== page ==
"Although there is no dramatic scenery in Oxfordshire, no sea cliffs or craggy peaks, the rocks beneath the gentle surface have largely determined the pattern and character of human settlement through water supply, soil type and the provision of building materials."

H. Philip Powell
President, Oxford Geology Group
Author of The Geology of Oxfordshire

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The Cotswolds 

The solitude of its high calcareous grassland and beech hangers, its sheltered valleys and long vistas are all cherished aspects of the Cotswolds landscape of northern Oxfordshire. The escarpment and plateau of the wolds dominate the north-west of the county. These gently rolling hills are formed in Jurassic limestones, clays and sands. It is the warm, buff and yellow building stones that give the signature ‘chocolate box’ Cotswold architecture and countryside its distinctive character. 


The underlying geological formations influence the landscape features that develop above.  The White Limestone Formation, for example, often forms plateau and caps the cuestas and valley slopes.  Whereas the Sharp's Hill and Hosehay formations usually form hollows between the more resistant  Chipping Norton Limestone and Taynton Limestone formations.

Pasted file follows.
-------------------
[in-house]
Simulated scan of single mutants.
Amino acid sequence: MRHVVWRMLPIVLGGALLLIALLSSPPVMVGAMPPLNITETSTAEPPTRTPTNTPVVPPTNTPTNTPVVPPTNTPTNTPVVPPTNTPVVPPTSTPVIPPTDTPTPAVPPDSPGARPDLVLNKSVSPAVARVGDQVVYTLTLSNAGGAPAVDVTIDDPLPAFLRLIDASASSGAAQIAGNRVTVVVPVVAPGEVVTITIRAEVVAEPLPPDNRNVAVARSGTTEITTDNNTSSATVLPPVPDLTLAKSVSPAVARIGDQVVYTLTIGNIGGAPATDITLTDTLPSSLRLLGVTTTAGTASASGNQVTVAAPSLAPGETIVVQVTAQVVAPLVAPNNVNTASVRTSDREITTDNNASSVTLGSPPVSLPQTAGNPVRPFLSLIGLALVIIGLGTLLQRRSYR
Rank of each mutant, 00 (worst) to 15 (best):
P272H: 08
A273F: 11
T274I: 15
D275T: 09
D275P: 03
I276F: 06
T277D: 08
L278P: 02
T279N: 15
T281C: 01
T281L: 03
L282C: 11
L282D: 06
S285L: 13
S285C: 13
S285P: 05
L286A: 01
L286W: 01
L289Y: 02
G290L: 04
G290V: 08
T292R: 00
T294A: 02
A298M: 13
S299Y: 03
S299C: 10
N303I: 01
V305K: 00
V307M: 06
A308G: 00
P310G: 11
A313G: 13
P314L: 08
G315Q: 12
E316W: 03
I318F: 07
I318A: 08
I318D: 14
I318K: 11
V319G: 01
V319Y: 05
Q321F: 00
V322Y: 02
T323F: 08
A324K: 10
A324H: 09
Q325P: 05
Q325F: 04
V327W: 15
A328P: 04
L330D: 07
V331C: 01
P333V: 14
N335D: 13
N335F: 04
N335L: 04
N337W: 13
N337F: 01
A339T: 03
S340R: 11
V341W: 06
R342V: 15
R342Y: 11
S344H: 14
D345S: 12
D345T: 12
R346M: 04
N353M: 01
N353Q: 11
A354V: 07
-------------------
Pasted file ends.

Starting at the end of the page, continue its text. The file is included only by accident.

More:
The Thames Valley

The upland gradually dips southwards to the Thames and Oxford vale, which is lined by the heavy Middle & Upper Jurassic clays.

The Midvale Ridge

Immediately to the south of Oxford and running between Faringdon and Thame, a low ridge separates the Thames valley from the Vale of White Horse to the south. This ridge is formed by the Upper Jurassic limestones and clays and is overlain at its eastern end by the Portland and Purbeck limestones. The higher hilltops along the ridge, such as Boars Hill, are capped by rocks of Cretaceous age.

The Vale of White Horse and Chilterns

The Vale of White Horse has been cut into the thick, bluish-grey Cretaceous Gault Clay. It is restricted to the south by the impressive escarpment of Lambourn Downs and the southern end of the Chilterns. This line of hills is formed in the Upper Cretaceous chalk, which supports characteristic species-rich grassland and beech woodlands. Evidence for the periglacial conditions that dominated the area during the ice ages of the last two million years is provided by the dry valleys, such as the Manger and Devil’s Punchbowl which occur along the chalk cuesta.